PA2V's mute for the DF9NP PLL in IC9700 [2020]

Peter Gouweleeuw, PA2V - peter(at)

Hi folks,

I have created a mute facility for the DF9NP PLL that will be activated with the absence or an impure 10 MHz signal attached to the board. The solution is Simple. The on board 5V supply to the buffer will be switched. A track on the PCB with 5V needs to be cut and will be the spot where the FET must be installed, see attached picture.

 This will switch off the 5 Volt to the buffer etc. So with no 5 Volt present it will effectively “switch off” the output of the PLL. I have measured it and after careful investigations to monitor spurs coming out of the 49,152 MHz output. I am pleased to say, none were detected.

This circuit is necessary when you would like to operate the 9700 without a 10 MHz reference and with the DF9NP PLL board installed. In a “no lock” situation the PLL loses control and generates a lot of noise and spikes. This ruins the performance of the IC9700 and creates a very dirty signal.

This simple solution on the board prevents such a situation from occurring.

full schema can be seen in PDF at


1,7 Volt occurs in a PLL lock on the red LED to release the mute. This 1,7 Volt may not be loaded. This was one of the first challenges. A simple transistor or Darlington will draw base current. This is not available. Most MOSFET’s have very high impedance on the gate, but need higher voltages on the gate to open the FET. The FET’s I found could not drain the 60 mA current for the output circuit. So it had to be a dual stage solution. The solution was the use of an opamp with a JFET input.  I had TL082 in the junkbox, but any other JFET opamp will do. A TL082 is a dual opamp, you only need one half.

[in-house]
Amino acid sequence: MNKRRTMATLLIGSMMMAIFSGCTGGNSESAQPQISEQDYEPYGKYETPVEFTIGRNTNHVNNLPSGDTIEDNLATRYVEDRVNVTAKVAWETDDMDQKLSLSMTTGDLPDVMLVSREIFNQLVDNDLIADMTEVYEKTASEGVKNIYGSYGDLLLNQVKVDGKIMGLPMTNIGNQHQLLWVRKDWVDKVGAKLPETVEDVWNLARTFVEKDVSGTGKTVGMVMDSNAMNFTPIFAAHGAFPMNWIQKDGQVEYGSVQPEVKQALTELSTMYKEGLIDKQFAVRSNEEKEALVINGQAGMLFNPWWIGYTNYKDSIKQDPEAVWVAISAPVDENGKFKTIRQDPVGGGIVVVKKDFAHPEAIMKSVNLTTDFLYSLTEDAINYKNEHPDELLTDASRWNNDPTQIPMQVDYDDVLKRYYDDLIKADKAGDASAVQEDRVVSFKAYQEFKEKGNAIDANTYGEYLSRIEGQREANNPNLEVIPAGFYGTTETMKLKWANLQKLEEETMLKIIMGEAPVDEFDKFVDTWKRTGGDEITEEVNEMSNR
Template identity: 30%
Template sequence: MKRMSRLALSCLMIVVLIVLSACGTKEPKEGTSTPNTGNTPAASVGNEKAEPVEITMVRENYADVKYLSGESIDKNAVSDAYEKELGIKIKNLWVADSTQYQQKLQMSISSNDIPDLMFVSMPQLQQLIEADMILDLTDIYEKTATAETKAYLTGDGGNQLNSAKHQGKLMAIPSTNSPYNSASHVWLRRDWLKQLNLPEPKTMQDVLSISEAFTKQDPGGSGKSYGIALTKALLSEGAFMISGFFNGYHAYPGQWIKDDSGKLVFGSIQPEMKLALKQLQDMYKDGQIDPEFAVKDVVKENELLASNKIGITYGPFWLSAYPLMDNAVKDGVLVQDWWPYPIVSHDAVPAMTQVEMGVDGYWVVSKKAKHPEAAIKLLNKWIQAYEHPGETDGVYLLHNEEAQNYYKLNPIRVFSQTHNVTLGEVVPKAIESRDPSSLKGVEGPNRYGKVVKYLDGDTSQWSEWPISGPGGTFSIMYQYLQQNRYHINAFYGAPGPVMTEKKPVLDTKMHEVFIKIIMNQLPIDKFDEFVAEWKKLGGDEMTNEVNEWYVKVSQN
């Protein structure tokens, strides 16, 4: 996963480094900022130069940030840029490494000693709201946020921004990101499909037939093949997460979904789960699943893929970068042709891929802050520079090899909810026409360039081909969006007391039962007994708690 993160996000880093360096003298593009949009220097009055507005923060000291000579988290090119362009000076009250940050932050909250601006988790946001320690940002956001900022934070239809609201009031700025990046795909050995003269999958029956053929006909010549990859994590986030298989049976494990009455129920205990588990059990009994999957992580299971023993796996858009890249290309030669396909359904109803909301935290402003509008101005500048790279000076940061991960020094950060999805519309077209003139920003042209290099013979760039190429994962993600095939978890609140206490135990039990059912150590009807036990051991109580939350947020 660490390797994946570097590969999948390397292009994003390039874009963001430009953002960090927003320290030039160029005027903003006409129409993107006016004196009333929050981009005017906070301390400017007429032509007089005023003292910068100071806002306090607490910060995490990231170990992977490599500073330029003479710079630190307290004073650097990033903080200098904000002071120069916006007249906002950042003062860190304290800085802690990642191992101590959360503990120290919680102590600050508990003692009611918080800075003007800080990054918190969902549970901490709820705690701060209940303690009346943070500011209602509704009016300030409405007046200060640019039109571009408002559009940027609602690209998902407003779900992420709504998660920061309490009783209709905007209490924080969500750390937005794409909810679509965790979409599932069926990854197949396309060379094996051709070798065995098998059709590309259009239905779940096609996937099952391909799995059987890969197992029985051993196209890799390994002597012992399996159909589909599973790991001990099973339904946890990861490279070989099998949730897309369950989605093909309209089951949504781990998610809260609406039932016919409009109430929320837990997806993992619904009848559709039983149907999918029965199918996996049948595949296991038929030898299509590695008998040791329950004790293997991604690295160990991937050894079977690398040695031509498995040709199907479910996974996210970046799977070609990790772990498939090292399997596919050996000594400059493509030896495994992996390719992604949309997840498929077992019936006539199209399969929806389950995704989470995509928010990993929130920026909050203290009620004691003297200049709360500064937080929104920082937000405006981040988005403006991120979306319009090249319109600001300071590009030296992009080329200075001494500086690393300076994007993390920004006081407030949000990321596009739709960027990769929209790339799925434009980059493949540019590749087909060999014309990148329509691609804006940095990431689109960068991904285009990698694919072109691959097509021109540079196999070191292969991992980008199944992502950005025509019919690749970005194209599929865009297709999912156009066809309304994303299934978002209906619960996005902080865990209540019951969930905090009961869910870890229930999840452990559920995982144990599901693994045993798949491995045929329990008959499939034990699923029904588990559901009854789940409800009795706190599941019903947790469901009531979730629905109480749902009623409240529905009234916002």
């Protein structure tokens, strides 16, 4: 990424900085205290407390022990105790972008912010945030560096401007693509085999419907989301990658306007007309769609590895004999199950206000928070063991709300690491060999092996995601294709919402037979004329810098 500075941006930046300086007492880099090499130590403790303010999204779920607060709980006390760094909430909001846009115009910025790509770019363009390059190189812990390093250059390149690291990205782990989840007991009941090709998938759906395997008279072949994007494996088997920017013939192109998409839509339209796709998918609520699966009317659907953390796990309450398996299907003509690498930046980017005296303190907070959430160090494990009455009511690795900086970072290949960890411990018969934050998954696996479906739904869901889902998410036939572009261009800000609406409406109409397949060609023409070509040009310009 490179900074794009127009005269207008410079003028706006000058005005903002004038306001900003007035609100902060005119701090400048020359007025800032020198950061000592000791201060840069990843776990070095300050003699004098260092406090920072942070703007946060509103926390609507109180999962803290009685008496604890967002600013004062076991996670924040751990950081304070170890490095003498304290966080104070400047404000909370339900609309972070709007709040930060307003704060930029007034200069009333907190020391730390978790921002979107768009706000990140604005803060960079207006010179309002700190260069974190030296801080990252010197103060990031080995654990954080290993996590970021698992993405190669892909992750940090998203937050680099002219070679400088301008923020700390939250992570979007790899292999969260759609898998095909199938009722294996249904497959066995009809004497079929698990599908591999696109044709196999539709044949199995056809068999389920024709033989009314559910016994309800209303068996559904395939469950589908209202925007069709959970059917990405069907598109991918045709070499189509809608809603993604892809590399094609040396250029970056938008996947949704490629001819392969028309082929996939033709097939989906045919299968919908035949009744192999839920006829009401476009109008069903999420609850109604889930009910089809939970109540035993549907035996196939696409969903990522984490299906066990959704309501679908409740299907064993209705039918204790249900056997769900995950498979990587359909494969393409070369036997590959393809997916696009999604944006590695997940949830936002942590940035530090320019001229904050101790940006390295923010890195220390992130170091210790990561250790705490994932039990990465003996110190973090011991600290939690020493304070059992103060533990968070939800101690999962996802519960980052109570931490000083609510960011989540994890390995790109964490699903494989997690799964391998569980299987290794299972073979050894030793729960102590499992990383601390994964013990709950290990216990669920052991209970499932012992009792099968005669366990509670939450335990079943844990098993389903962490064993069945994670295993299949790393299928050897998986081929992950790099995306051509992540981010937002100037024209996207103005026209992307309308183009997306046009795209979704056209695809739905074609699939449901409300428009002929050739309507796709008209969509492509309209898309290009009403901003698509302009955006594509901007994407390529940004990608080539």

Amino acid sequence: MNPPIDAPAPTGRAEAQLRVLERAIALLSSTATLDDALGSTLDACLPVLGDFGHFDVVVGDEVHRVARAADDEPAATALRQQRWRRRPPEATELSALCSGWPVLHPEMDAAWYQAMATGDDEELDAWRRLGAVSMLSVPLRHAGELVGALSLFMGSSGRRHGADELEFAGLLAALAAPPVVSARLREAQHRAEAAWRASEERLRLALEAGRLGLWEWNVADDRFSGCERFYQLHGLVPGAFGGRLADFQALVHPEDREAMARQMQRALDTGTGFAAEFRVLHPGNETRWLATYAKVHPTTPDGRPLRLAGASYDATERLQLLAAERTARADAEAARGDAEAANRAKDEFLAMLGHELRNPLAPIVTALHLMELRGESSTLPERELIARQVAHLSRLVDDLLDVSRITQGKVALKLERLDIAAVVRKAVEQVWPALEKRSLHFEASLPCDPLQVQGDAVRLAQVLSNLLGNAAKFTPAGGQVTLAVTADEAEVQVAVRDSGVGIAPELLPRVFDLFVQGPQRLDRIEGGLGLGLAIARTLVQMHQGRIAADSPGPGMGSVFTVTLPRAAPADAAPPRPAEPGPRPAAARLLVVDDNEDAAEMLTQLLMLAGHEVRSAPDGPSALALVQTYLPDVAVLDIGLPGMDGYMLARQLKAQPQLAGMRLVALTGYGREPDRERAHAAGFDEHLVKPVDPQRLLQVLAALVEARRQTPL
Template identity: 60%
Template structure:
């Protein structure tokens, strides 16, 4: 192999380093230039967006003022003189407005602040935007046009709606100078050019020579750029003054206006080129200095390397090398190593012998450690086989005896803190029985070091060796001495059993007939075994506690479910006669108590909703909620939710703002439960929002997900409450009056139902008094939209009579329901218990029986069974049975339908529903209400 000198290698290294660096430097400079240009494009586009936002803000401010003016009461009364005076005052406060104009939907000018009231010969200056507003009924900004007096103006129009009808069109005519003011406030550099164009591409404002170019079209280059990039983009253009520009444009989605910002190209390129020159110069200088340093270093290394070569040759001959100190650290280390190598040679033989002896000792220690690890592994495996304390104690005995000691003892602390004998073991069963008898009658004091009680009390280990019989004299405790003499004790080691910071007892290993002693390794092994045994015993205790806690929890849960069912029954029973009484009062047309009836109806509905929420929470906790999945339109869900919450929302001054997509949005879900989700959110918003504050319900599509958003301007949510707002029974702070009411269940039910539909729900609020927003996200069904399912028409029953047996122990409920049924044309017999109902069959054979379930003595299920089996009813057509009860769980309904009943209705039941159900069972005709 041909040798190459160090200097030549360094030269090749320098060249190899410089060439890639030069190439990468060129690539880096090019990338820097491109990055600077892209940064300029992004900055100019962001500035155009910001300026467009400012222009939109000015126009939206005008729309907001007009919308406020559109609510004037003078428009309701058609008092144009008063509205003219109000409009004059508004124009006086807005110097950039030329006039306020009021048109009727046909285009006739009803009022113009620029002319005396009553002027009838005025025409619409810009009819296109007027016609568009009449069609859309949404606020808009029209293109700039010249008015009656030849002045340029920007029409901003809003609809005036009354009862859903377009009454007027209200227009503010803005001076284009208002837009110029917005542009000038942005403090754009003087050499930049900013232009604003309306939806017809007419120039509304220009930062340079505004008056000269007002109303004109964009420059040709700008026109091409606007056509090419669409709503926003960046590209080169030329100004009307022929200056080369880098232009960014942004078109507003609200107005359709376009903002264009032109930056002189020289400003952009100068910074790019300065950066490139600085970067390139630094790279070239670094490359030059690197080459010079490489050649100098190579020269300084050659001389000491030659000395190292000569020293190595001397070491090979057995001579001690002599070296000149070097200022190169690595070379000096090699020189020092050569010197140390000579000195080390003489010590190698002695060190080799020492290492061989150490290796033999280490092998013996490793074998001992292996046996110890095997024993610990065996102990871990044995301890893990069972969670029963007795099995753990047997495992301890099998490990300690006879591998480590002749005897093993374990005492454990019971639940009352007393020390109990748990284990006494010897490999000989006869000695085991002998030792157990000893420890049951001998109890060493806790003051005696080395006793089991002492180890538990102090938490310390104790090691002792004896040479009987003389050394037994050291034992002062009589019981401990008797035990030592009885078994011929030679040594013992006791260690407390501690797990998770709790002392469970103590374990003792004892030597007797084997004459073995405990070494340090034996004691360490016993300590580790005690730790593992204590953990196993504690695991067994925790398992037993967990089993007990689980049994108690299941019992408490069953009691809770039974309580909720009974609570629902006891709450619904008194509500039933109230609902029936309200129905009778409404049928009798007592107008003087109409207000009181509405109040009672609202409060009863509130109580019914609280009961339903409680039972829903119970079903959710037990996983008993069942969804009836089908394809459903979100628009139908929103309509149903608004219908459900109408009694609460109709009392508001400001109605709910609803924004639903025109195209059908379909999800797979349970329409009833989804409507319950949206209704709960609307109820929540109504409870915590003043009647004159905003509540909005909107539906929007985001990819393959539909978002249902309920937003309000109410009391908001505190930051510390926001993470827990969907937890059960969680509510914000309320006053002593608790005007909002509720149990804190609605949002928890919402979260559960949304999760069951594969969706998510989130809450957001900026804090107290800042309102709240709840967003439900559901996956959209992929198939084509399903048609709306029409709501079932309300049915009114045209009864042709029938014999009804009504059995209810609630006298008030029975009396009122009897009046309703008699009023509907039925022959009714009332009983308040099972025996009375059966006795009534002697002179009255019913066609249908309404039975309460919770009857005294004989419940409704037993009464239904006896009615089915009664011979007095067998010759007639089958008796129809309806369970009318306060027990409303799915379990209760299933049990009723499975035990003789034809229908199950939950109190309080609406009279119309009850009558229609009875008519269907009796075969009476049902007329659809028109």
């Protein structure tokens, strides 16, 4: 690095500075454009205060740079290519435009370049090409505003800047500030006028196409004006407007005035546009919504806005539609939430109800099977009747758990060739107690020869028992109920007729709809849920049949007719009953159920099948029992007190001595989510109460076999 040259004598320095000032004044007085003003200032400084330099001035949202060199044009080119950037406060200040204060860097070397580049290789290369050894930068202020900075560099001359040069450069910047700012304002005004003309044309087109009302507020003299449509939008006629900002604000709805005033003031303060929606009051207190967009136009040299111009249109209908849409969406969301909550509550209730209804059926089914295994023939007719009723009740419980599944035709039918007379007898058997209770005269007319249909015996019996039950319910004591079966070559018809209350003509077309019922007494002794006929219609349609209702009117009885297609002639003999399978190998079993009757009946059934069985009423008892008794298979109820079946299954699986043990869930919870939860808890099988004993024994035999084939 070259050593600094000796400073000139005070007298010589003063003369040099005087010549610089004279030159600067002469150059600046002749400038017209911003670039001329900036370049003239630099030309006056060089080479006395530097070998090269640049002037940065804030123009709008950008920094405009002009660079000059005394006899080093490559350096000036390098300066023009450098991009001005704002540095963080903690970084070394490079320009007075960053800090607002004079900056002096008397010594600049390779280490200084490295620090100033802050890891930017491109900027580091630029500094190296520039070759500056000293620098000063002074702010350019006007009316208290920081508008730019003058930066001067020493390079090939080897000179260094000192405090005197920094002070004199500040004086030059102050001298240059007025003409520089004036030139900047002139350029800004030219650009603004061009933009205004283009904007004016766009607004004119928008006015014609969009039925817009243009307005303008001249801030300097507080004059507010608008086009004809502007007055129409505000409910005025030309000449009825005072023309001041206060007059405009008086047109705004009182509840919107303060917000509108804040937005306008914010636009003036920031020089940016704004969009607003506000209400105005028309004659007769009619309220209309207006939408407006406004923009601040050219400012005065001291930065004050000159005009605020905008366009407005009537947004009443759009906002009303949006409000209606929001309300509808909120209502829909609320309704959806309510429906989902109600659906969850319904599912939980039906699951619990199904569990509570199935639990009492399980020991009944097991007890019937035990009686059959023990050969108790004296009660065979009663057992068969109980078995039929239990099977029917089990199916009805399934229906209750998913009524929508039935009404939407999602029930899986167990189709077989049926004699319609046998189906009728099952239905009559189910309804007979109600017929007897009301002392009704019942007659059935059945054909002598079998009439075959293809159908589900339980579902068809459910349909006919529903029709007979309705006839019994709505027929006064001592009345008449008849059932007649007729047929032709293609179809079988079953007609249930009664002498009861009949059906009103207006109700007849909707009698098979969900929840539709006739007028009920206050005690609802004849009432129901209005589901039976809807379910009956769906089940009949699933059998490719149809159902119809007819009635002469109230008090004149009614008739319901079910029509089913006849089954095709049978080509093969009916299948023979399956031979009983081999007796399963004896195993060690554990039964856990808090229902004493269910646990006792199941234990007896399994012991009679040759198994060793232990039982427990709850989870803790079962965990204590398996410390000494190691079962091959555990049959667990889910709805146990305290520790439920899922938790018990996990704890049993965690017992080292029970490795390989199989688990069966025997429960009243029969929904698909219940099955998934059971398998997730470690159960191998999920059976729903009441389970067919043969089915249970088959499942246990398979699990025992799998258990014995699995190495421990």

This opamp is configured as a comparator. With around 1,2 Volt on the inverted input this works just fine. A diode on the non-inverted input is needed. The voltage on the LED is not really 0 Volt in a no lock state. To prevent the opamp from switching on in a no lock situation the diode did a great job. Any Silicium diode will do. Most Silicium diodes need at least 0,6 Volt to conduct. Don’t use germanium or shottkey diodes. They will conduct at much lower voltages. A 1N4148 will suffice.

The output of the opamp drives the gate of an IRFD110 FET. This FET has a low Vds on resistance. The output provides a little less than 4,75 Volts. The loss in gain of the output stage from the PLL is less than 0,3 dB.

When a no lock state occurs on the PLL, the red LED is off. So the opamp has no output and the 5 Volt is off. When the lock is established the opamp will open the FET and the 49,152 MHz output is generated. The LED on the source of the FET is optional and not really required. I used it while testing the circuit to see if the 5V switches on or off. I managed to install all components on the board itself. With some creativity this can achieved.

During my experiments I noticed that the reference input of the ADF4153 tried to lock on noise and/or anything else it detected. This generated some output intermittently. The input is a high impedance point with no termination. I mounted a chip resistor of 50 Ohm between the two pins were the coax for the 10 MHz is attached. After this the ADF was much more stable and did not try to lock on spurious signals anymore. There was no difference in sensitivity on the 10 MHz input.

If you have any questions please do not hesitate to contact me

73, Peter PA2V